I’m sitting here with my laptop actually on my lap while Wally sleeps on the ottoman. Thoughtful of him to let me have some of it, don’t you think? Anyway, you probably notice his belly band (aka diaper). Not exactly stylish but Amazon lost my order of fashionable diapers for him and Taffy, my other pup who also struggles with the concept of peeing outside.Having said that, I do have 2 other pups who recognized long ago that canines peeing in the garden is the preferable urinary etiquette expected by dog guardians who enjoy their home being pee-free. Two out of 4. Humm. Where did I go wrong?
In my defense, Wally and Taffy were rescues who I suspect had bathroom issues prior to gullible me believing the check mark in the box on their surrender forms asking their guardians, “Is your dog potty trained?” Boy did I fall for that one.As I stated in a previous post, Taffy’s owners mentioned she was pee-pad trained because they weren’t home much. Trouble is, they neglected to mention she’s adept at missing the pad. By a lot. And not just pee, I’m afraid. And Wally? I’ve come to the conclusion he’s simply a copycat. I imagine him thinking, if SHE does it, it must be okay.
I know what you’re thinking and yes, I’ve tried all sorts of methods to get them to do their business other than inside. I have a large backyard filled with bushes, trees, all kinds of shrubs. It’s a smorgasbord of inviting places for them to freely eliminate — a pups playground for peeing. And on occasion they do what’s expected, especially on walks. But Taffy’s MO is to hold it until she’s back inside. Go figure.
I’ve coaxed them into the backyard to a great spot where, if I were a dog, I couldn’t resist peeing. I’m sure my neighbors have heard me say, ad nauseam, “Pee, Wally. Go pee, Taffy.” Instead, they simply stare up at me with quizzical looks that say…I’ve even resorted to bribery by promising them treats if they do their business outside. Since I honor my promises, and they recognize the word ‘treat’ quite well, they know exactly what awaits once they tinkle in nature. So after breakfast and then dinner, they rush to the door like a herd of wild horses, leaping and spinning in excitement for what’s to come. I’m not entirely sure wild horses spin, but you get my drift.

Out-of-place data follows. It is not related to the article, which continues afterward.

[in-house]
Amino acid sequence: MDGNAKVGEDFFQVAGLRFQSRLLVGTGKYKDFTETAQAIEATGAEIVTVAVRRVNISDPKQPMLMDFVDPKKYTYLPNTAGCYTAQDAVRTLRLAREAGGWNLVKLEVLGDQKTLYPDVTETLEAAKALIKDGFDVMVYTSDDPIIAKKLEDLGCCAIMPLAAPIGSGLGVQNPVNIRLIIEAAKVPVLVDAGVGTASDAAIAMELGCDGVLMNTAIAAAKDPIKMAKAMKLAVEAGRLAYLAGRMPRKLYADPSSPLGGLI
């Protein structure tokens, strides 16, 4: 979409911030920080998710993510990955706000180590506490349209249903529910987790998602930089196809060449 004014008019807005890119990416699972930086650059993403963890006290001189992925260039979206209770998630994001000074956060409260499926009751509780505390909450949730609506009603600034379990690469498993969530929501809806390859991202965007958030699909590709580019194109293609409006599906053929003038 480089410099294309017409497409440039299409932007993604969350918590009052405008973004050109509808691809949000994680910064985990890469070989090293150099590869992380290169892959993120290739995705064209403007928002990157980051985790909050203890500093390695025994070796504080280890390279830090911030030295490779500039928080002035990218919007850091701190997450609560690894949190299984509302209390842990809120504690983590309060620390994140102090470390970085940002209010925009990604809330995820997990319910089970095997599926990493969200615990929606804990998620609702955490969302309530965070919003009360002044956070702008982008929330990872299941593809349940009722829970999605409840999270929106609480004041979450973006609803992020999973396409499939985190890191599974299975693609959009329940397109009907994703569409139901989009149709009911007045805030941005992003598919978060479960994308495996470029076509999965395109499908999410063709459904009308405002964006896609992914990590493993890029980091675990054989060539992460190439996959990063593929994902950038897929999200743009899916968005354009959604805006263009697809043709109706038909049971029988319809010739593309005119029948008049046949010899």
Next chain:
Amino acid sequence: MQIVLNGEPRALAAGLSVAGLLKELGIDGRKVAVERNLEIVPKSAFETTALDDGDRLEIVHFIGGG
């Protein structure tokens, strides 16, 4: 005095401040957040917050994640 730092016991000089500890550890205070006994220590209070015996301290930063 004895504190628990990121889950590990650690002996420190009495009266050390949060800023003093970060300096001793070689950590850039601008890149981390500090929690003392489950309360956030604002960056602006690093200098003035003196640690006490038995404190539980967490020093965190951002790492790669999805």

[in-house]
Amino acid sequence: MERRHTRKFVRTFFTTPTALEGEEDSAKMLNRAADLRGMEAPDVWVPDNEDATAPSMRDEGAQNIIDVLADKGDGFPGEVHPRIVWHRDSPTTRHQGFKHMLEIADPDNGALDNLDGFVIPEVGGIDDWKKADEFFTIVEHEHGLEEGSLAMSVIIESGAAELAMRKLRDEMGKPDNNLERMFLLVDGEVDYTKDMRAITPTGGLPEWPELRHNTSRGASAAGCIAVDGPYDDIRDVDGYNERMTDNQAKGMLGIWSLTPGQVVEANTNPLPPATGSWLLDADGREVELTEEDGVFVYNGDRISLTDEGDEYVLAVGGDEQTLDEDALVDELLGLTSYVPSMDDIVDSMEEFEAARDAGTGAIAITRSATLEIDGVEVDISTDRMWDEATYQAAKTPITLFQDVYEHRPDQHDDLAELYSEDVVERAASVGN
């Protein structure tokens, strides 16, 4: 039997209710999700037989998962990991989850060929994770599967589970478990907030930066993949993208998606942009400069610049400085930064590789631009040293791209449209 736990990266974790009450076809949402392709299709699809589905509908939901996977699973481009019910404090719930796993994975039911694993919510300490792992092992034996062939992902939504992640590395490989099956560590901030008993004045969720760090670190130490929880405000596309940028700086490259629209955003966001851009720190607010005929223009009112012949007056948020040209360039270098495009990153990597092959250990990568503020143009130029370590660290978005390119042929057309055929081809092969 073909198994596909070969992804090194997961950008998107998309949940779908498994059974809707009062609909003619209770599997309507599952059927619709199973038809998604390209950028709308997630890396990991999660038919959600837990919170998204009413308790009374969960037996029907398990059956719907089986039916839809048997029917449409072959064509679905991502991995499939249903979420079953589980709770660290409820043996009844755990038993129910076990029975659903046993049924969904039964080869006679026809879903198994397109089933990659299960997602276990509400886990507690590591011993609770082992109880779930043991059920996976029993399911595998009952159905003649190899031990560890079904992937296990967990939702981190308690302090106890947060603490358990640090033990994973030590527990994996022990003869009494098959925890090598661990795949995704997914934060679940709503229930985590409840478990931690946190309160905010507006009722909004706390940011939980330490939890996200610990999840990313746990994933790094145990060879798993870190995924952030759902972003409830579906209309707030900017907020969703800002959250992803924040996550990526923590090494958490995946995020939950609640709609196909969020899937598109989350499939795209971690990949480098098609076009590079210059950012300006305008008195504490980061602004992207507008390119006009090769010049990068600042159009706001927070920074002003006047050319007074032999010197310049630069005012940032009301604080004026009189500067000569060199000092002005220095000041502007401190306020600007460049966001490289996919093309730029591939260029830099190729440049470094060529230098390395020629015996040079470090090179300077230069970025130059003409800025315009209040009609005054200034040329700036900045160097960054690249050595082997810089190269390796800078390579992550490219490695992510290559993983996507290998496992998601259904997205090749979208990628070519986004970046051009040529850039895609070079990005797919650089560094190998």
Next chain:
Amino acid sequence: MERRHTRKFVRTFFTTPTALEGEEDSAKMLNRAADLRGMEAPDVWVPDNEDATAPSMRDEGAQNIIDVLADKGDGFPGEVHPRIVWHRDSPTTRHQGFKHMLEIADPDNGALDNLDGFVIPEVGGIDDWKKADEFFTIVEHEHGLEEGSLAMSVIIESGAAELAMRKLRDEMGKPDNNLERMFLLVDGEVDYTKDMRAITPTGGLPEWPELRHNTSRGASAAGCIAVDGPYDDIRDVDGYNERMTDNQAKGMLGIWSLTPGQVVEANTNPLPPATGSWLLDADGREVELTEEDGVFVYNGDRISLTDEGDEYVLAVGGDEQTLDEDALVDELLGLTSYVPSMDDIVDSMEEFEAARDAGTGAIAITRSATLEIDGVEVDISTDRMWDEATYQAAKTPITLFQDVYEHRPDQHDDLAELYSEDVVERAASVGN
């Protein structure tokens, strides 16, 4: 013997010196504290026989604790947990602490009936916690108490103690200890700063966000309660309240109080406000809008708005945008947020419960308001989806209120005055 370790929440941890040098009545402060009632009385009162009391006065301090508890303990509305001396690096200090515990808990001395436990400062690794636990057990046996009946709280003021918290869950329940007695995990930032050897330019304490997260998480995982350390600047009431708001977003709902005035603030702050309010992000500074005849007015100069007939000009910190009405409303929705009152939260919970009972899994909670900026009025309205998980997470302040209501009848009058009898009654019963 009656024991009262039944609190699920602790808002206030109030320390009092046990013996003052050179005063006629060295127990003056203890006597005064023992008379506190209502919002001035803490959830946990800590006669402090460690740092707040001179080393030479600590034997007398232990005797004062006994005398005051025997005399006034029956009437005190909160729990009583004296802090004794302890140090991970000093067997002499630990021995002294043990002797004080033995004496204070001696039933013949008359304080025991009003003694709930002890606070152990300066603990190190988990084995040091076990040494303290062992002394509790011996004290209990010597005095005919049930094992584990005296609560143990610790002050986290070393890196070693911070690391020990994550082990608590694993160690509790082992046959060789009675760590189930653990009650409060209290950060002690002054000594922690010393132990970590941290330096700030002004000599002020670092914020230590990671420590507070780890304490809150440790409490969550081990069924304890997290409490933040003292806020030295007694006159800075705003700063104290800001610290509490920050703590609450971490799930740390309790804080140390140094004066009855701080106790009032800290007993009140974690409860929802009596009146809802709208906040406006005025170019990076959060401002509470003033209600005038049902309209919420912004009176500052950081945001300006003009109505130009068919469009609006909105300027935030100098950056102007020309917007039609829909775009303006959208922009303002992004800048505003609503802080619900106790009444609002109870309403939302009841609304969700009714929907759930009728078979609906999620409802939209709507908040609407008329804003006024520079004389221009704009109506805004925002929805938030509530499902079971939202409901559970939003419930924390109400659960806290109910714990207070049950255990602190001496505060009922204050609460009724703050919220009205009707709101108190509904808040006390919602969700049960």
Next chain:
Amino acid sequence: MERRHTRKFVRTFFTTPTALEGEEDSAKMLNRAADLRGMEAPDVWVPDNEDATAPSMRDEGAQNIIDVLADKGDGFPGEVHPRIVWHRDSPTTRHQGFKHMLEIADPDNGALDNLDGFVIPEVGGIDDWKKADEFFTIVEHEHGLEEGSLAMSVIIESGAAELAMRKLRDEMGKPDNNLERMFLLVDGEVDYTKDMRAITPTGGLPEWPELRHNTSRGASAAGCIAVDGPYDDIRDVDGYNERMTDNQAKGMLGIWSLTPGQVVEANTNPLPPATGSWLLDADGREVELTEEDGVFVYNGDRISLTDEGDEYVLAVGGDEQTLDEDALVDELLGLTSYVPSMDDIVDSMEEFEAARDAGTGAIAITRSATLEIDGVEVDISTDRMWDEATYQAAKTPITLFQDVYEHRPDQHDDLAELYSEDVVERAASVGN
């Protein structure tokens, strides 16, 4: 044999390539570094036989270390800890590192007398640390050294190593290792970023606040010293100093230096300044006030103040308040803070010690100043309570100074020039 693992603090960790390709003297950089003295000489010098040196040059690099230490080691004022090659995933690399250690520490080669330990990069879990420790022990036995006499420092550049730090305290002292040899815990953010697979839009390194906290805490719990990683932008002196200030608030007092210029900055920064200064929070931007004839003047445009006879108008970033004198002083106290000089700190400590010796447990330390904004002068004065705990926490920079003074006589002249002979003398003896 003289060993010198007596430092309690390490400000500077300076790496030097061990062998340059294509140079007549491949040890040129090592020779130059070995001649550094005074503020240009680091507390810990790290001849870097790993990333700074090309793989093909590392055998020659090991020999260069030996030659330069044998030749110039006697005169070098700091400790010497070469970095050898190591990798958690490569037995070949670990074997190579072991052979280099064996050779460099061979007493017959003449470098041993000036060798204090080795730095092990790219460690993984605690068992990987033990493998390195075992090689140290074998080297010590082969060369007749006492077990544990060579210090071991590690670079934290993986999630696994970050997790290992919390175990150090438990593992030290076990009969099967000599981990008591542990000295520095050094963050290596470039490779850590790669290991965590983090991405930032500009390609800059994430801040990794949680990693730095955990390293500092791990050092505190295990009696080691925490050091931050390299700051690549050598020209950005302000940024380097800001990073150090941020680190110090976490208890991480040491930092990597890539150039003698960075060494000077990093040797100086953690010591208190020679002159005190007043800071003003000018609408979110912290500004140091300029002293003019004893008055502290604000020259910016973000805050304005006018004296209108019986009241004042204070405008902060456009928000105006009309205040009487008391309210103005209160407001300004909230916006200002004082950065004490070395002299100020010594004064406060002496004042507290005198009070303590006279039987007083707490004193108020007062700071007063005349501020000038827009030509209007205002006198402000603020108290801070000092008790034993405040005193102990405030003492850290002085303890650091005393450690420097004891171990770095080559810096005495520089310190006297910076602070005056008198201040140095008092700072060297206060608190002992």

My other 2 mutts follow suit, not about to miss out on treats. They gladly pee under the lemon tree even though I saw them do it minutes before. And you can bet they make sure I’m watching, otherwise how will I know to give them a treat? Callie and Skip are no dummies.
Now don’t get me wrong; Wally’s and Taffy’s denseness doesn’t make me love them less; they’re just a tad more challenging. I hear that’s character-building. Well, I’d think by now I’d have character gushing from my ears, wouldn’t you? I have, however, learned a couple things, although not in time to save my wool area rugs: I learned to never give up trying to get through to them (miracles do happen); I learned to put plastic runners under the pee-pads for when Taffy misses; I learned to keep their diapers on them until they’re outside.
But mostly I learned, like Taffy and Wally, that I am a slow learner.